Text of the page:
• 51. Helpers to the rescue: @select {@select key=age} {@eq value="1"}Baby{/eq} {@lt value="10"}Child{/lt} {@lt value="18"}Teen{/lt} {@default}Adult{/default} {/select}
  • 52. Helpers to the rescue: @size, @math You have {@ size key=list/} new messages {@math key="16" method="add" operand="4"/}
  • 53. Full library of helpers is available at: https://github.com/linkedin/dustjs-helpers
  • 54. How do we handled clients without JavaScript? What about SEO?
  • 55. SSR: Server Side Rendering ● Google V8 engine ● A plugin for Apache Traffic Server ● Executes arbitrary JavaScript server side, including rendering dust templates ● Often nicknamed Unified Server Side Rendering... aka, USSR
  • 56. Client side rendering (full, SSR) The HTML Skeleton is written in dust. SSR renders it as HTML.
  • 57. SSR uses ● Render dust skeleton into HTML skeleton ● Render everything server side for: ○ Crawlers/bots/search engines ○ Clients without JavaScript ○ Slow clients (IE < 8) ● Logic less templates help ensure that everything renders correctly server-side. No DOM dependencies!
  • 58. What about i18n? Formatting? URLs?
  • 59. Server side templates <p> <a href="${url.link( 'home-page' }">$!{i18n('hello-world' )}</a> </p> In JSPs, Java libraries did i18n, text formatting, URL generation
  • 60. Sending an entire i18n dictionary, URL dictionary, and all formatting code to the browser is expensive
  • 61. Option #1: everything server side Java controller json.put("name", "Jim"); json.put("home-page-link" , Url.link("home-page" )); json.put("hello-world-text" , I18n.get("hello-world" )); render("profile-page" , json); profile-page dust template <p> <a href="{home-page-link} ">{hello-world-text} </a> </p> All i18n, text formatting, and URL generation is done server side and added to the JSON payload
  • 62. Option #1: everything server side Pros ● Simple, easy to understand ● Clean templates Cons ● Controller code cluttered with view logic
  • 63. Option #2: dynamic pre-processing Original profile-page dust template <p> <a href="{@pre.link key="home-page"} ">{@pre.i18n key="hello-world"} </a> </p> Pre-processed profile-page dust template <p> <a href="{link-123}">{i18n-456}</a> </p> Step 1: the @pre helper tags get replaced at build time with references to unique keys in the JSON
  • 64. Option #2: dynamic pre-processing Java controller json.put("name", "Jim"); render("profile-page" , json); Pre-processed JSON { "name": "Jim", "link-123" : "http://www.linkedin.com" , "i18n-456" : "Hello World" } Step 2: whenever profile-page is rendered, automatically "enhance" the JSON with the requested i18n and URL values
  • 65. Option #2: dynamic pre-processing Pros ● All view logic is in the templates ● Clean server side code Cons ● Complicated, hard to debug ● Tight coupling: need special server and build logic to use templates ● Performance: increased JSON payload and/or more server processing time
  • 66. Option #3: static pre-processing Original profile-page dust template <p> <a href="{home-page-link}">{@i18n}Hello World{/i18n}</a> </p> Pre-processed profile-page dust template (one per language) <p> <a href="{home-page-link}">Hello World</a> </p> <p> <a href="{home-page-link}">Bonjour monde</a> </p> Generate one template per language with translated text already filled in. Link generation and formatting still happen server-side.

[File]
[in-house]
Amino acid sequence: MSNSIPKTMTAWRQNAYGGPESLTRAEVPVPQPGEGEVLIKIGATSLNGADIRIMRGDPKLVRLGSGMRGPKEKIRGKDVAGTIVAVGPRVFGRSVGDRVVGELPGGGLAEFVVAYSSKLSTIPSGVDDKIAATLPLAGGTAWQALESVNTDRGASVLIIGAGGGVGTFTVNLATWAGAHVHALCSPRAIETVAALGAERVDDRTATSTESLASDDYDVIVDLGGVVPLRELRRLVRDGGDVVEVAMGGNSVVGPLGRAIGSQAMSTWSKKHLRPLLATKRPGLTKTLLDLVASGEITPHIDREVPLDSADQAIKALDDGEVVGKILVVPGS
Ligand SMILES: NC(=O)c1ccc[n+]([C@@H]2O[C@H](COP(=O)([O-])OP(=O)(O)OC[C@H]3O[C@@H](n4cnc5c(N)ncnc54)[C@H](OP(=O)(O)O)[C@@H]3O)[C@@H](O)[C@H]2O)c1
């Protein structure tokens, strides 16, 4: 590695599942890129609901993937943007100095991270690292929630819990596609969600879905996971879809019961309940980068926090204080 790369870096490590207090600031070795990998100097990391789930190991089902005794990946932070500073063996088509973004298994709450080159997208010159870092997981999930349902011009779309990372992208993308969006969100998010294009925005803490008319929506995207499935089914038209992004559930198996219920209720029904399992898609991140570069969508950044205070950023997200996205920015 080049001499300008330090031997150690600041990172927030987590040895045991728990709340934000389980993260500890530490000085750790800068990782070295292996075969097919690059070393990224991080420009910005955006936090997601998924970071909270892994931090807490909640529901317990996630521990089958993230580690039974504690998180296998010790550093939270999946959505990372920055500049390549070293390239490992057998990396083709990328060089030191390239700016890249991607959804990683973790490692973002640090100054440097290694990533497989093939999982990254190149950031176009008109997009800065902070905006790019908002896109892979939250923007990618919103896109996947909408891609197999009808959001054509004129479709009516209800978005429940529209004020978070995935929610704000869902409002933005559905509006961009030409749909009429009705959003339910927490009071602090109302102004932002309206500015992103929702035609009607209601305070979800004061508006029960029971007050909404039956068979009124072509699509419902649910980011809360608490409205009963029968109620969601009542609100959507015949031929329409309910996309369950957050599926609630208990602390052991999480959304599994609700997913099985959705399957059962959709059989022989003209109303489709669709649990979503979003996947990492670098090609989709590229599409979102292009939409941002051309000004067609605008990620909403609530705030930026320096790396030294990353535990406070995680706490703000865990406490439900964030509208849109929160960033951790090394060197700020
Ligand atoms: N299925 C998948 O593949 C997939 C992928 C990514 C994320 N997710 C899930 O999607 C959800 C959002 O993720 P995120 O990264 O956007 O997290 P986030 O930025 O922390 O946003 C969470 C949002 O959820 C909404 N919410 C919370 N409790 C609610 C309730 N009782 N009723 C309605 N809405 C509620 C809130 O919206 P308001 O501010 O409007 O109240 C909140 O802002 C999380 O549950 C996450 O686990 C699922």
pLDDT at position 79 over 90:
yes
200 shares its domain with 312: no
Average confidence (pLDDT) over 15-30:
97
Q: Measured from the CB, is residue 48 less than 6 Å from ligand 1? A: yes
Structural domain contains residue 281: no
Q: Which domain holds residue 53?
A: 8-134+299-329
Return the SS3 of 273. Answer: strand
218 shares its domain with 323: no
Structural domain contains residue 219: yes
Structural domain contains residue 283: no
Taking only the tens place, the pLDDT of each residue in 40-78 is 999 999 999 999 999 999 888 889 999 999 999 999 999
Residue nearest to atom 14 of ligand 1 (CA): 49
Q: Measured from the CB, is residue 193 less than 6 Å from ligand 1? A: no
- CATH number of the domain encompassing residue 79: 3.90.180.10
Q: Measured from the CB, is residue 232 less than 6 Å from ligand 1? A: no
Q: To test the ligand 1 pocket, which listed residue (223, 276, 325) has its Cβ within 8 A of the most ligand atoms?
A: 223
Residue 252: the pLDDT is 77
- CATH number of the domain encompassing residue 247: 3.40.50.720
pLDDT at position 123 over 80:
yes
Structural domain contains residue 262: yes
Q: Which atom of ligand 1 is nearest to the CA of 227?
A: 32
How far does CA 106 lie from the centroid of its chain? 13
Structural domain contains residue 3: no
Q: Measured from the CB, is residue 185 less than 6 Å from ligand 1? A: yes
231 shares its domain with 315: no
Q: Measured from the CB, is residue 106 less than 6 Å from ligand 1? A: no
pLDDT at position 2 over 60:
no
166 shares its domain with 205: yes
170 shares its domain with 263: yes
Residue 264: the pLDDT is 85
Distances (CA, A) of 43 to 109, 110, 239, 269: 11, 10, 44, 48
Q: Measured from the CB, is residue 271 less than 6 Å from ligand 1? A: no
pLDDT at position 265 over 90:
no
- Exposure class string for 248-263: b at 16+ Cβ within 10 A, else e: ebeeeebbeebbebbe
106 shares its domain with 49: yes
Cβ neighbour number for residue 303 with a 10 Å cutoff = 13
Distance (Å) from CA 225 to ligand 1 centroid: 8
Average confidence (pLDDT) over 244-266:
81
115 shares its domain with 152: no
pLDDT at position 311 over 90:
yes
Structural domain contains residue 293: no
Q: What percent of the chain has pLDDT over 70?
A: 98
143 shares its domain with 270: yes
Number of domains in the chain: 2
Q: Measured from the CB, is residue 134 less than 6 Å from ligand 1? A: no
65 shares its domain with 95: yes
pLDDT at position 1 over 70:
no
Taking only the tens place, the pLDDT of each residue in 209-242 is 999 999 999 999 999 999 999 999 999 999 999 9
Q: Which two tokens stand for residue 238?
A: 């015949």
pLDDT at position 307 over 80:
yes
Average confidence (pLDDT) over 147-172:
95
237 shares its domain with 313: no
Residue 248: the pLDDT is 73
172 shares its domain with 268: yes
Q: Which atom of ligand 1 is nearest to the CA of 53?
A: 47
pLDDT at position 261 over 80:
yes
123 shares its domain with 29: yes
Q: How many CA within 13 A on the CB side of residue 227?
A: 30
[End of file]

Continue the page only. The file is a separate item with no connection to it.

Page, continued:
• 67. Option #3: static pre-processing Pros ● Hybrid approach: i18n is in the templates, only formatting/link generation is in controller ● Simpler, easier to debug than dynamic pre- processing Cons ● Custom build process ● Increased template payload, but i18n strings now cached with template
  • 68. Outline 1. A little LinkedIn history 2. A new direction: client side rendering 3. Picking a templating technology 4. Take dust for a spin 5. Challenges: SEO, i18n, logic 6. The Future
  • 69. LinkedIn in 2013 We now many services using client side rendering and many using server-side rendering
  • 70. A full rewrite is too expensive
  • 72. Fizzy Fizzy is an ATS plugin that reads the HTML (skeleton or full) returned by webapps
  • 73. Fizzy <html> <body> <h1>Composable UI </h1> <script type="fs/embed" fs-uri="/news-feed/top" ></script> <script type="fs/embed" fs-uri="/pymk"></script> <script type="fs/embed" fs-uri="/ad"></script> </body> </html> If Fizzy finds an fs/embed in the HTML, it calls the URI and injects the response into the page.
  • 74. Fizzy HTML skeleton Embed Embed Embed A page now consists of a skeleton with a bunch of Fizzy- processed embeds.
  • 76. Typical page HTML Skeleton Dust template Dust template Dust template Dust template Dust template Dust template
  • 77. Typical page HTML Skeleton Dust template Dust template Dust The fold template Dust template Dust template Dust template On initial page load, the user doesn't see anything below the fold
  • 78. Typical page HTML Skeleton Dust template Dust template Dust The fold template Dust template Dust template No need to render Dust template No need to fetch data or render
  • 79. Deferred rendering ● Dramatically improve performance by not rendering anything below the fold ● Improve it even further by not fetching the data for things far out of view ● The challenge: the fold is at different positions on different devices
  • 80. Outline 1. A little LinkedIn history 2. A new direction: client side rendering 3. Picking a templating technology 4. Take dust for a spin 5. Challenges: SEO, i18n, logic 6. The Future
  • 81. Final thoughts ● Dust.js has improved developer productivity and code sharing at LinkedIn ● Client side templating offers powerful new capabilities and benefits ● It also introduces tough new challenges ● It's an evolving technology; now is a good time to get involved